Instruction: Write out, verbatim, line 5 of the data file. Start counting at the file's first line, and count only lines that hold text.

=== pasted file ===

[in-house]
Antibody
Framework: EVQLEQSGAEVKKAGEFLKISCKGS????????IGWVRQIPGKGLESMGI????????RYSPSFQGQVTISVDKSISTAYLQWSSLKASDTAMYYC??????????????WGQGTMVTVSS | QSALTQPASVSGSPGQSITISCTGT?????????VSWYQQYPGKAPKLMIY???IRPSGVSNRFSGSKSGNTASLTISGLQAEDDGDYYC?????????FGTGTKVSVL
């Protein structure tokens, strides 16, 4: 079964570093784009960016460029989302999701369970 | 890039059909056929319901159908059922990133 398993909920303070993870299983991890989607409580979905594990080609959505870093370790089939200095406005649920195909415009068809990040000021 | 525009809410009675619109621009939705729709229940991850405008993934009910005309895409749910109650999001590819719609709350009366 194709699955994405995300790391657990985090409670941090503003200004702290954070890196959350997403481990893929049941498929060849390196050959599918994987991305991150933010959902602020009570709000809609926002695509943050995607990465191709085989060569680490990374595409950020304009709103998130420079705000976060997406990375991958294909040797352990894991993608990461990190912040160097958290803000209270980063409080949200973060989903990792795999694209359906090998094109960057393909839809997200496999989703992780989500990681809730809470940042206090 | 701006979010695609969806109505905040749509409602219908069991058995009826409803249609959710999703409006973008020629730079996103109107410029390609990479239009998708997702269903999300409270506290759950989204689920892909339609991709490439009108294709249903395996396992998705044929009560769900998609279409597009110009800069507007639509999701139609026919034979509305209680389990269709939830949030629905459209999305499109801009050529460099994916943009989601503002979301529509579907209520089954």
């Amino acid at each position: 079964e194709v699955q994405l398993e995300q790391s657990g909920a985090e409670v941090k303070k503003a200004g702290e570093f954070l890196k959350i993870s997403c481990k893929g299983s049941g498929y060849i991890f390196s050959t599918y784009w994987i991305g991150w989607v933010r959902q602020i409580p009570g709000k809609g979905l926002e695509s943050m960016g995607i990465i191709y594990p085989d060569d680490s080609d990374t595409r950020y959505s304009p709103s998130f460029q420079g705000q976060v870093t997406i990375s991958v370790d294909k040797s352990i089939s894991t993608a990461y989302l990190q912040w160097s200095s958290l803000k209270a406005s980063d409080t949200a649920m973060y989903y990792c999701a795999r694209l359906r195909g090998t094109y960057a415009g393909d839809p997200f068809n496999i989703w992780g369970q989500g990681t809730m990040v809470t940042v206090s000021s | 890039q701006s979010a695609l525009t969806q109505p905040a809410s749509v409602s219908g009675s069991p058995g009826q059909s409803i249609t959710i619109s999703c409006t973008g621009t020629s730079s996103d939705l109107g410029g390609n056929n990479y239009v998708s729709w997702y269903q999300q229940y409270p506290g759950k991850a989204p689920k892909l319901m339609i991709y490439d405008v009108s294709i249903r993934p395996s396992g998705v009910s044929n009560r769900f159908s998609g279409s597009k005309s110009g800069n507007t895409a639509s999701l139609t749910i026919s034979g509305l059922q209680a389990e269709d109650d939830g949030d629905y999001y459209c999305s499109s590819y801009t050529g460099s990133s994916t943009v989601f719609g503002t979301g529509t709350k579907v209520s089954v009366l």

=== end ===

């Amino acid at each position: 079964e194709v699955q994405l398993e995300q790391s657990g909920a985090e409670v941090k303070k503003a200004g702290e570093f954070l890196k959350i993870s997403c481990k893929g299983s049941g498929y060849i991890f390196s050959t599918y784009w994987i991305g991150w989607v933010r959902q602020i409580p009570g709000k809609g979905l926002e695509s943050m960016g995607i990465i191709y594990p085989d060569d680490s080609d990374t595409r950020y959505s304009p709103s998130f460029q420079g705000q976060v870093t997406i990375s991958v370790d294909k040797s352990i089939s894991t993608a990461y989302l990190q912040w160097s200095s958290l803000k209270a406005s980063d409080t949200a649920m973060y989903y990792c999701a795999r694209l359906r195909g090998t094109y960057a415009g393909d839809p997200f068809n496999i989703w992780g369970q989500g990681t809730m990040v809470t940042v206090s000021s | 890039q701006s979010a695609l525009t969806q109505p905040a809410s749509v409602s219908g009675s069991p058995g009826q059909s409803i249609t959710i619109s999703c409006t973008g621009t020629s730079s996103d939705l109107g410029g390609n056929n990479y239009v998708s729709w997702y269903q999300q229940y409270p506290g759950k991850a989204p689920k892909l319901m339609i991709y490439d405008v009108s294709i249903r993934p395996s396992g998705v009910s044929n009560r769900f159908s998609g279409s597009k005309s110009g800069n507007t895409a639509s999701l139609t749910i026919s034979g509305l059922q209680a389990e269709d109650d939830g949030d629905y999001y459209c999305s499109s590819y801009t050529g460099s990133s994916t943009v989601f719609g503002t979301g529509t709350k579907v209520s089954v009366l």